Last week I was giving a presentation at the Rajagiri School of Management in Cochin, India for a group of 150 MBA students. The two central themes were Outsourcing and Entrepreneurship. One of the questions that came up was ‘What are the cultural differences that you experienced between India and Europe?’. I find it always extremely hard to answer this question, because it tends to always imply huge generalizations (can we make a generalizing remark about a country with more than a billion inhabitants or a complete continent with many very different cultures in it?). But I always try.
I tried to make two points about what occurs to me as different in the Indian behavior from what I am used to.
Indian society is very hierarchically organized. I can see that already from the way parents raise their kids. The parents are the boss and the kids follow the instructions from the parents. When I visited some daycares to find one for my own kids, I often saw kids obediently sitting on chairs waiting for the teachers to give them some instructions. This is strikingly different from the daycare that my kids go to in Holland, where there is an ‘organized chaos’ and kids are left free to do whatever they want.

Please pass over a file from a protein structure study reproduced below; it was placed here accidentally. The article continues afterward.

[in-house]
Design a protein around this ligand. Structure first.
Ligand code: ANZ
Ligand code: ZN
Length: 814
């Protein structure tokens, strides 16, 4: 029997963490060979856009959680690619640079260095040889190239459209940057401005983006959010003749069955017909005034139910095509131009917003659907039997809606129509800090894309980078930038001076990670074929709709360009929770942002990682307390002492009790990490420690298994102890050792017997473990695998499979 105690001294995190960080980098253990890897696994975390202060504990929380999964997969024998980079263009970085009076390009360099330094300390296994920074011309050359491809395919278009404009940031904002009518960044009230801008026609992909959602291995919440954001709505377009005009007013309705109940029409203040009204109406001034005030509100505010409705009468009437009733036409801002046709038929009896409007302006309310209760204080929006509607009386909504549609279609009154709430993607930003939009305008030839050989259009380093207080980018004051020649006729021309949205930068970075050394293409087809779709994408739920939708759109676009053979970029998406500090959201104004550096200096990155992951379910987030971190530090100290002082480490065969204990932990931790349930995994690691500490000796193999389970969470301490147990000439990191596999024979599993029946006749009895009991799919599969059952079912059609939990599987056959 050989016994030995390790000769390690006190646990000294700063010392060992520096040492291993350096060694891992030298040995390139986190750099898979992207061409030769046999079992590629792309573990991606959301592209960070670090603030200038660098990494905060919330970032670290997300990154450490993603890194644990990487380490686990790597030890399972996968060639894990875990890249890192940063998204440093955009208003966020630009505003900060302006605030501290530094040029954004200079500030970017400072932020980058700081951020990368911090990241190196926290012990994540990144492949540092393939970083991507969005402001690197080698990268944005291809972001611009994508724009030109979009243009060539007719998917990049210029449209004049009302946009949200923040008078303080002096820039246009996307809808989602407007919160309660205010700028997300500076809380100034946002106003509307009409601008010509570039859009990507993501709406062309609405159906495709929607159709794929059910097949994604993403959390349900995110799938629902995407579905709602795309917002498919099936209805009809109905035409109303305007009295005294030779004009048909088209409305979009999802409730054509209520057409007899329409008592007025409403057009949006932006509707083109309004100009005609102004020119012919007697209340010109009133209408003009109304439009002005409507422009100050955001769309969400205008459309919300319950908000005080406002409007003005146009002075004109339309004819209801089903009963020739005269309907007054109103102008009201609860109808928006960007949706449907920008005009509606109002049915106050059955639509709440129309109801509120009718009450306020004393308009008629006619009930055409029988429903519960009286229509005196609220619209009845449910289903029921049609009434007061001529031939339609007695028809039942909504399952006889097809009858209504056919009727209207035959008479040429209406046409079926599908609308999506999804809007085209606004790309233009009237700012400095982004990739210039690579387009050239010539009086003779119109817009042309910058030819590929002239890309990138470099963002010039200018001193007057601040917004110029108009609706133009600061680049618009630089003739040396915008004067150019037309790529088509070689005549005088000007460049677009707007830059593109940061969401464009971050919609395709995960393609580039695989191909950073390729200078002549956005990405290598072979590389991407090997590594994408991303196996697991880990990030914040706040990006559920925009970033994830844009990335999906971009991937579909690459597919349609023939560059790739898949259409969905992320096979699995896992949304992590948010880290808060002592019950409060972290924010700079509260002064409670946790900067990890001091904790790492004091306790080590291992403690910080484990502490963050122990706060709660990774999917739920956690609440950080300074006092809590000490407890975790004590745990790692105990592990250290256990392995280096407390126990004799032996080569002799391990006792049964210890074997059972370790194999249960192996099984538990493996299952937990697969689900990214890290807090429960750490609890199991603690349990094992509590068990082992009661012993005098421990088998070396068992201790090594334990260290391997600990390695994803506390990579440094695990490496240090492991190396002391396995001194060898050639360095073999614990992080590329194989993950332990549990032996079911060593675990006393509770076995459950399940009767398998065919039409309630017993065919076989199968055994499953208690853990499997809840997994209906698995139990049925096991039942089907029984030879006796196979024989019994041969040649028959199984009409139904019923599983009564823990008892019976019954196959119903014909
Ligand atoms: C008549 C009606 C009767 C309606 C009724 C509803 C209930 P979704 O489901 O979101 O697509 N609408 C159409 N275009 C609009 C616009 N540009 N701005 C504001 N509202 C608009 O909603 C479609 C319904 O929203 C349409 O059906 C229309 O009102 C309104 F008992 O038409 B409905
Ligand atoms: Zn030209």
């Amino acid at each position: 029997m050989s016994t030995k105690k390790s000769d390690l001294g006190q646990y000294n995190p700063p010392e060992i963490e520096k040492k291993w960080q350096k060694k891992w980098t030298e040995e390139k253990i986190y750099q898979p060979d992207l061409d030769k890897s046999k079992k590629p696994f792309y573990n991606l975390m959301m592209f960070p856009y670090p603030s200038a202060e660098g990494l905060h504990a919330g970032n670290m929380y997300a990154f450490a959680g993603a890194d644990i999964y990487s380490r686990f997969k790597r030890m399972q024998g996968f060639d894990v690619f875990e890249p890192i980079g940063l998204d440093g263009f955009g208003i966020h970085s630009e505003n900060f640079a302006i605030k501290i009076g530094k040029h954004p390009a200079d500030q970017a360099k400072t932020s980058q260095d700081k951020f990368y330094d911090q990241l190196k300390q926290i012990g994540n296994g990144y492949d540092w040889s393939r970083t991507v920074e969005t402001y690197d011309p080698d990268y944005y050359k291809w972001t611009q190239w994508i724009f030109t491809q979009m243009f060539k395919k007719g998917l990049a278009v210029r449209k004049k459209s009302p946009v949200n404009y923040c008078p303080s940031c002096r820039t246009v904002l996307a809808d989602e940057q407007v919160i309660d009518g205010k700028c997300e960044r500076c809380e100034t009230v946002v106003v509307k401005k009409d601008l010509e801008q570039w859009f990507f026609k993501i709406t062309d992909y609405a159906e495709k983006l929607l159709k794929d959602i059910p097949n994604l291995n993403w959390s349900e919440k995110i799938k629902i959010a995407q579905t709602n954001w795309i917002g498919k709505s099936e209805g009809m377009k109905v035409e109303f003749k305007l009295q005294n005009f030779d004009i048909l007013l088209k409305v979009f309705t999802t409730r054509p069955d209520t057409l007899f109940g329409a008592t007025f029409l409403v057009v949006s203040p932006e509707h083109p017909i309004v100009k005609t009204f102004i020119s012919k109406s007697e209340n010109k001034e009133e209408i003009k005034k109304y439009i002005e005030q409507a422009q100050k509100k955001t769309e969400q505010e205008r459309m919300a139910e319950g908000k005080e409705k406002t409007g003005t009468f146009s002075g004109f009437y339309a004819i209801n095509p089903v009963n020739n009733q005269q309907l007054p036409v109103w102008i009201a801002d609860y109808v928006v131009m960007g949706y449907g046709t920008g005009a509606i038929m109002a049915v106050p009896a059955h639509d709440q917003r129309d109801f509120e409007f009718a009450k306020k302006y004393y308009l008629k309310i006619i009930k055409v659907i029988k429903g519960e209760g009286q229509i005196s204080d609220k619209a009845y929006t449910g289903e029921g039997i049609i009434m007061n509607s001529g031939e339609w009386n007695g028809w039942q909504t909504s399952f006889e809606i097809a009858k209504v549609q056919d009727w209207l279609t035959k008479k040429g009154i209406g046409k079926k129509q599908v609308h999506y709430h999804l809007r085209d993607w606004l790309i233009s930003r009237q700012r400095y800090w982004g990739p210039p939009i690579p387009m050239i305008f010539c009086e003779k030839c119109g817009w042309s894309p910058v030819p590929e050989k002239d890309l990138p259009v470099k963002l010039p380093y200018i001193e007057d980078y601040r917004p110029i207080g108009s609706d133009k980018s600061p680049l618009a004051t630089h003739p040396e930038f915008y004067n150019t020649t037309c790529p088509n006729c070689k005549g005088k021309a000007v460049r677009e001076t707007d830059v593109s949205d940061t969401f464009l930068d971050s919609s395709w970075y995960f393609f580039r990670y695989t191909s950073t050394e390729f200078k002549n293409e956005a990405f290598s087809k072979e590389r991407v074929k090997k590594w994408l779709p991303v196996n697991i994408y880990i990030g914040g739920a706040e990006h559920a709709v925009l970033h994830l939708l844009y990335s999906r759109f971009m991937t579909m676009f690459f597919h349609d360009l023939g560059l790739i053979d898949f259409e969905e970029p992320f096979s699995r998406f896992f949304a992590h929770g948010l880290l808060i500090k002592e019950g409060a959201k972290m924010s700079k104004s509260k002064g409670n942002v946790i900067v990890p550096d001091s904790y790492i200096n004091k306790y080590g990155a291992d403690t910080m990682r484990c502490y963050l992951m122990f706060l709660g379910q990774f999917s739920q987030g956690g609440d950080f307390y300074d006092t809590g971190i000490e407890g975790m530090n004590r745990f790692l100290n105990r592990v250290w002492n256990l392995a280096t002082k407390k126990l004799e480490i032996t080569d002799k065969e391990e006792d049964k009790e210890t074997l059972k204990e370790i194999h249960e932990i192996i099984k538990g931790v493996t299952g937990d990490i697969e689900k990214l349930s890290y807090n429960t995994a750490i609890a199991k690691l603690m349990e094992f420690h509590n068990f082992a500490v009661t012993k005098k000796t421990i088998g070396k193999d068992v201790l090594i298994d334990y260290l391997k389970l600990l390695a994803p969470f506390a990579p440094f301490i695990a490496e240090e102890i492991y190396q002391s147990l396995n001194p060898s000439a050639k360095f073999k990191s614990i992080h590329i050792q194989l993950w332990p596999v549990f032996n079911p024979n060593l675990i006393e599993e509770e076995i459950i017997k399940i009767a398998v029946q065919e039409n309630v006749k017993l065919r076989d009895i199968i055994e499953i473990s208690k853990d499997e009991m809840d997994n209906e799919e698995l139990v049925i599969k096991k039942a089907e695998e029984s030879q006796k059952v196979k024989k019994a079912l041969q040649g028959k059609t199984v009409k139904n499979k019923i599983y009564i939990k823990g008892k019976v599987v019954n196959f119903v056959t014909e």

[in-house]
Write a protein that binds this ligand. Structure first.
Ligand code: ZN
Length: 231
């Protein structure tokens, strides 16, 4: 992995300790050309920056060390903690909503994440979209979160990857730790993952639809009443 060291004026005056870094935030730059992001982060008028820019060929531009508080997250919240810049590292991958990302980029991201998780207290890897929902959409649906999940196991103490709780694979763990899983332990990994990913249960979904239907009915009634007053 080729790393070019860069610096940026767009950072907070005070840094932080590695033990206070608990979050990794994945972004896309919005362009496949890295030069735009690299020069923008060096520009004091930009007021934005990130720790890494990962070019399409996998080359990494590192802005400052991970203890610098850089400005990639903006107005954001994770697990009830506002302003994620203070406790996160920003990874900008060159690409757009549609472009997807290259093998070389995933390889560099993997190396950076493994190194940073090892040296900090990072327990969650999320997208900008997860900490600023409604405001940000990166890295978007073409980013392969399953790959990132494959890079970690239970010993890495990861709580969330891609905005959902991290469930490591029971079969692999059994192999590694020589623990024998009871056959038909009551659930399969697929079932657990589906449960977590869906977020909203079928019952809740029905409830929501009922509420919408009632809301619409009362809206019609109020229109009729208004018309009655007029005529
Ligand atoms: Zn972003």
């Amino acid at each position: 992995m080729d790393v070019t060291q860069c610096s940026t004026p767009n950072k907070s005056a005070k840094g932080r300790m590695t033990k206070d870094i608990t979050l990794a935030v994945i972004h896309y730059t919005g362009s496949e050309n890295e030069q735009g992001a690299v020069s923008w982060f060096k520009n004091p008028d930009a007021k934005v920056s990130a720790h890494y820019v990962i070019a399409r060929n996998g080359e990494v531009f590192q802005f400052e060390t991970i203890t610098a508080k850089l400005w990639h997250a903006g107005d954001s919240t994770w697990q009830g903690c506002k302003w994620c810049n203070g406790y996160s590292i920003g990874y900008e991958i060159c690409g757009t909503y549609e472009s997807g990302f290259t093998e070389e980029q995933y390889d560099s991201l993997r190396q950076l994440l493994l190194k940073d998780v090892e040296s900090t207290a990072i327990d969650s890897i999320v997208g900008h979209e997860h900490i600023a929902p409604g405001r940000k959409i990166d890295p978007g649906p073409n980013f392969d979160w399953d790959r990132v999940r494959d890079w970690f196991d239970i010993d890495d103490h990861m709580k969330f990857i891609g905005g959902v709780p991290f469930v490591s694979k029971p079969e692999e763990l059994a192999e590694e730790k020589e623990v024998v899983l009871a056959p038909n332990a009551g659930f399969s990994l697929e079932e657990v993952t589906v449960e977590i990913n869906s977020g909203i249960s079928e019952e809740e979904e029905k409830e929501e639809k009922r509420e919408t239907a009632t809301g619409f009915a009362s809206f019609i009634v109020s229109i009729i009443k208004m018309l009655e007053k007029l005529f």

In organizations, hierarchy is the central way of managing. If you work with a software company, even a small one, you’ll find a project manager, who is managing the team leader, who is managing the programmers, even in the smallest projects. And the programmer will need his superior for anything that he does.
In Europe (at least in the Netherlands) most companies give people responsibility + freedom and measure people on their performance within those boundaries.
One of the core values of myself and also my company Bridge is ‘openness’. I believe it’s important that you give another person exactly the same image about something as the image you have in your mind (ok, some exceptions might be appropriate). In Kerala (it might be true for the rest of India too), the general spirit is not openness. People are always trying to be very polite and won’t share anything negative or offending (which also makes for a very positive cultural experience). It is sometimes hard to really get the truth or the person’s vision on a subject.
In Europe (especially in the Netherlands), people are very open. Sometimes even too open, which results in being blunt or offending people.
From an outsourcing perspective it’s valuable to know and recognize these cultural characteristics. By understanding them, it is easier to develop a succesful cooperation. I hope that you will share some of your findings so we can elaborate the list of differences.
Ah yes, a last difference: women don’t shake hands (which they also don’t do in Eastern Europe).